Various application icons

My Favorite Apps

You really can’t beat the cost and convenience that comes with great quality, effective apps for managing life with psoriatic arthritis. They can make life easier for both you and your doctor and allow you to have a fount of information literally at your (if somewhat aching) fingertips. You know how some people have secret obsessions with llamas or yarn? Well, I’ll share with you a little secret. I have an obsession with apps. And I fear I have passed it on to my children (eek!). Without further ado, after extensive testing, here are some of my favorite free and low-cost apps, neatly broken down for you into my favorite categories.

Pharmacy apps

No matter which pharmacy you use, adding their app to your mobile device is a smart move. Stay up-to-date on refill reminders and the status of your orders. This is especially crucial for timely medications as well as checking price changes or comparison shopping for the best prices. ScriptSave, WellRx, GoodRx, and RetailMeNot Rx Saver are all great apps to check prices and make sure you are getting the best price possible on all our medications.

Health insurance apps

Many major health insurance companies such as United and Aetna have apps to have quick access to your ID cards. They also offer the ability to find covered providers or even keep track of how close you are to meeting your deductible. Some health insurance apps can put you in touch with a registered nurse that can quickly respond to questions or concerns you may have. In addition, some can give you an idea about prescription and procedure costs.

Emotional and mental health apps

Keeping track of your emotional and mental health plays a big role in managing your psoriatic arthritis. From personal experience, I can tell you that one “bad” day can quickly become a slippery slope that you might not realize you are falling down unless you were keeping track of it. Charting good emotional days and bad ones can help you see the "bigger picture" about your overall emotional and mental health.

Having easy access to daily logs for your emotional health will make it much more likely that you will pay attention to how you are feeling and if it is easy, then you will be much more likely to do it. Some of my favorites are "Moodpath," "Replika," and "Youper." All of these allow you to track and chart your emotional progress. Some even use artificial intelligence to “talk” you through the reasoning behind your emotional health.

Symptom logs and trackers

Symptom Tracker: "Pain History" is an app that does what it says: tracks symptoms like fatigue and pain. It is good for general tracking. However, what I really like about this is that you can specify your symptoms. For example, if you want to differentiate foot pain from hand, wrist, or elbow pain, you can. In addition, you can track moods such as motivation and happiness. You can generate a report to take to your doctor or generate a spreadsheet. It is free for the first month, then $2.99 a month after that. But in my opinion, it is worth the cost for ease of use and an ad-free experience.

"Health Vector" and "Symple Symptom Tracker" are both health diaries/symptom logs that are free. "Symple Symptom Tracker" does have an “upgrade” version, but the standard version is also filled with useful features which include import of step and sleep information from Apple’s Health App. For those who use wheelchairs, you can even track wheelchair pushes.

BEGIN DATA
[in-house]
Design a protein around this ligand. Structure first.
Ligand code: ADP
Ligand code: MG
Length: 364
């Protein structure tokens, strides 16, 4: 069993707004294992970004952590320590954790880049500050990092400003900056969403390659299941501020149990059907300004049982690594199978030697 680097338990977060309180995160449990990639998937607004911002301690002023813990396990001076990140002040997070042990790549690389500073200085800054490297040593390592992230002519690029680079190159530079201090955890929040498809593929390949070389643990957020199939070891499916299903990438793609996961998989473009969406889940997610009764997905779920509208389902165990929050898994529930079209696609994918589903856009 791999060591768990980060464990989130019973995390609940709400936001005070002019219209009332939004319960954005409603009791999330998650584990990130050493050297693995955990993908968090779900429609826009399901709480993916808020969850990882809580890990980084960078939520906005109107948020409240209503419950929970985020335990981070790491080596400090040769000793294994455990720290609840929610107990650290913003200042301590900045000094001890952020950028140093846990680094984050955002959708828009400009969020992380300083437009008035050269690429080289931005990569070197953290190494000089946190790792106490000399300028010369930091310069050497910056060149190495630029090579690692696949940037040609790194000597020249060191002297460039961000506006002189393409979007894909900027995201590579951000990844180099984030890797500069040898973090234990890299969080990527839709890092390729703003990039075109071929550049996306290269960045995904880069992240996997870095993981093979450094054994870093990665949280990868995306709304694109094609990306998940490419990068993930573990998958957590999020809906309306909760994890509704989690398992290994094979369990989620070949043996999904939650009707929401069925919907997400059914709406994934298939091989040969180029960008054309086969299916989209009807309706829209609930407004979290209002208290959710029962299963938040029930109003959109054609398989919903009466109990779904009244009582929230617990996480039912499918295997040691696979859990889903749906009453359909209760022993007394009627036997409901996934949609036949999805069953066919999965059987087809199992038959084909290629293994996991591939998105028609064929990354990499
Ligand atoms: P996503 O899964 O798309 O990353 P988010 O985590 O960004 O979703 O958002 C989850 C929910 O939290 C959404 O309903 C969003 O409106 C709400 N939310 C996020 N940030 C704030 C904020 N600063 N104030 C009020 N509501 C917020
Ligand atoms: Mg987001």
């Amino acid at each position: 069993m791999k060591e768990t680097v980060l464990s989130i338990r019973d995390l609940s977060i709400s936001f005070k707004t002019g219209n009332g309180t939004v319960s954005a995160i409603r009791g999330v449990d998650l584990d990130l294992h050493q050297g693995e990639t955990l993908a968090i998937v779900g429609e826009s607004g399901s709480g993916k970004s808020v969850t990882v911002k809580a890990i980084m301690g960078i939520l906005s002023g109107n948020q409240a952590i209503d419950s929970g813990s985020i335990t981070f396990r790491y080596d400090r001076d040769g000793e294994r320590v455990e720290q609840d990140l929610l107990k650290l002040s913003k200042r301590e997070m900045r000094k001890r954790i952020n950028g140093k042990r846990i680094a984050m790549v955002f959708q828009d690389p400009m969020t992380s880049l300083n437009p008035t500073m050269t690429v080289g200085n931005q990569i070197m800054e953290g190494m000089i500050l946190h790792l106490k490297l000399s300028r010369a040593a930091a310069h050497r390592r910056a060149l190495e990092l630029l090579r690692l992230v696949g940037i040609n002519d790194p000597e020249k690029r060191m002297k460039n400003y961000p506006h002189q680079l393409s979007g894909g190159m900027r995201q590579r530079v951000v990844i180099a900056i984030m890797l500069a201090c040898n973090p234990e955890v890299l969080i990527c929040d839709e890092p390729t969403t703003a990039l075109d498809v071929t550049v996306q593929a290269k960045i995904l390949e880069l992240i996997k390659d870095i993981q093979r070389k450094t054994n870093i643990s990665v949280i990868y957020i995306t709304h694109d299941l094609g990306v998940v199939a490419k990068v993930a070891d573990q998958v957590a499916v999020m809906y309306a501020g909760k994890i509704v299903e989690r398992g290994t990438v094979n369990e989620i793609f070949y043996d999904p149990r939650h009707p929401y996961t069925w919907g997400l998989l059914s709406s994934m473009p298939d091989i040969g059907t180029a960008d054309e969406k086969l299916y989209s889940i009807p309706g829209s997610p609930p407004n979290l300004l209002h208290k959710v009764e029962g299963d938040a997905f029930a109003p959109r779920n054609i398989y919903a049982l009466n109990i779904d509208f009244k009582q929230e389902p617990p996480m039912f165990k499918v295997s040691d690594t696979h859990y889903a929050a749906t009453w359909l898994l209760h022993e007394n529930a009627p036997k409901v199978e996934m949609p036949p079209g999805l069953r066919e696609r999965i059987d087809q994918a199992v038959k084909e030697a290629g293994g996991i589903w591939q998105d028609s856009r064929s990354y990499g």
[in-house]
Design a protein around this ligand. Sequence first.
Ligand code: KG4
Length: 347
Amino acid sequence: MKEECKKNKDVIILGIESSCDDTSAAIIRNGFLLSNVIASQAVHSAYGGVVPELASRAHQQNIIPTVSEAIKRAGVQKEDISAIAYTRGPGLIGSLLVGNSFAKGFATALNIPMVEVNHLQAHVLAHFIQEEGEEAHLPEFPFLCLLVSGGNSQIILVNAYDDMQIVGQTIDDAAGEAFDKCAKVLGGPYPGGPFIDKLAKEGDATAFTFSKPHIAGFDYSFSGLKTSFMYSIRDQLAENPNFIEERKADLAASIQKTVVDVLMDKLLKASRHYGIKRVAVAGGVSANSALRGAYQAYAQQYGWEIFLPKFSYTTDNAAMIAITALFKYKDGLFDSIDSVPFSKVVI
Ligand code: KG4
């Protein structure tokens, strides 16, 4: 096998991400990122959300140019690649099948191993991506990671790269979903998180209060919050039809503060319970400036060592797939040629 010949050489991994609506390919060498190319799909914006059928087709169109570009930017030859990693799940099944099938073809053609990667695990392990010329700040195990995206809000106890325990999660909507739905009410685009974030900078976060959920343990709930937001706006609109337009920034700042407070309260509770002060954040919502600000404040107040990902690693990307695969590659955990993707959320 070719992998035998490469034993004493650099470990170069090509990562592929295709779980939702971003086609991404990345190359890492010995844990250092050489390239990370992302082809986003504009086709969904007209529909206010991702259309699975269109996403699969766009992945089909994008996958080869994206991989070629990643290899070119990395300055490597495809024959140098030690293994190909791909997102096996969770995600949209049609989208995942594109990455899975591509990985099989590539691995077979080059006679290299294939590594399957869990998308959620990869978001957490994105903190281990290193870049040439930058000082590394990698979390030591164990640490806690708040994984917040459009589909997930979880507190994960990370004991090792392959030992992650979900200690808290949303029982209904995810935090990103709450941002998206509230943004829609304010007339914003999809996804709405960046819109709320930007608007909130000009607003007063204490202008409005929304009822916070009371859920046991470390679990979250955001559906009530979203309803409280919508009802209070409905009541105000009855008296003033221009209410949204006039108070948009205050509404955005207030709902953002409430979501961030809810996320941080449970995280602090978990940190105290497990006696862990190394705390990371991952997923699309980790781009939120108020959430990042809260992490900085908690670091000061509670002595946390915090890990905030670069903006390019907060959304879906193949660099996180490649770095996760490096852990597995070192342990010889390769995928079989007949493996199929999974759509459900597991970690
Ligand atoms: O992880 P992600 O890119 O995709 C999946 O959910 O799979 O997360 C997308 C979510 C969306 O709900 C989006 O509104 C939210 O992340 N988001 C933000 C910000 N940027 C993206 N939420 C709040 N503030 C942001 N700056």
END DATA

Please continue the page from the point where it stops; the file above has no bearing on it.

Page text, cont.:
Yoga and movement apps

If you’ve read any of my articles about managing your symptoms through gentle movement, you know I am a big proponent of yoga. Not crazy, stand on your head yoga, but gentle, introspective, restorative yoga. "Yoga for Beginners- Mind+Body" is a great, free app that doesn’t overwhelm you with “unrealistic” poses or long, drawn-out practices. When it comes to walking, even though it cost a bit on the front end, a FitBit or similar device is a sound investment in my opinion. Mostly because it reminds you to move knowing full well that the longer I sit, the more likely it is that I will avoid moving.

Mindfulness: meditation, reflections, and prayer

Time for meditation, reflection, journaling, or prayer is just as important when it comes to managing your psoriatic arthritis as some medications in my experience. "Reflectly," "Journey- Diary," and "Jour-Guided Journaling" all offer easy to use formats and accessibility for journaling and reflection. "Simple Habit-Meditation" and "Headspace: Meditation & Sleep" both offer simple solutions to manage the increased stress that comes with living with psoriatic arthritis. If you are Catholic or Christian, the app "Laudate" contains a ton of opportunities for prayer and reflection.

There you have it, my (somewhat) extensive list of must-have apps for your chronic illness app collection. Do you have any you simply can’t live without? I’d love to hear about it!

**Of course, remember that all apps that include dietary changes, exercise of any sort, or nutrition, please be sure to check with your doctor before following any and all recommendations. In addition, the recommendations and information are accurate as of the date of publication. Please check with your cell phone or tablet provider for any fees or subscriptions that may be associated with any and all apps.**

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This article represents the opinions, thoughts, and experiences of the author; none of this content has been paid for by any advertiser. The Psoriatic-Arthritis.com team does not recommend or endorse any products or treatments discussed herein. Learn more about how we maintain editorial integrity here.

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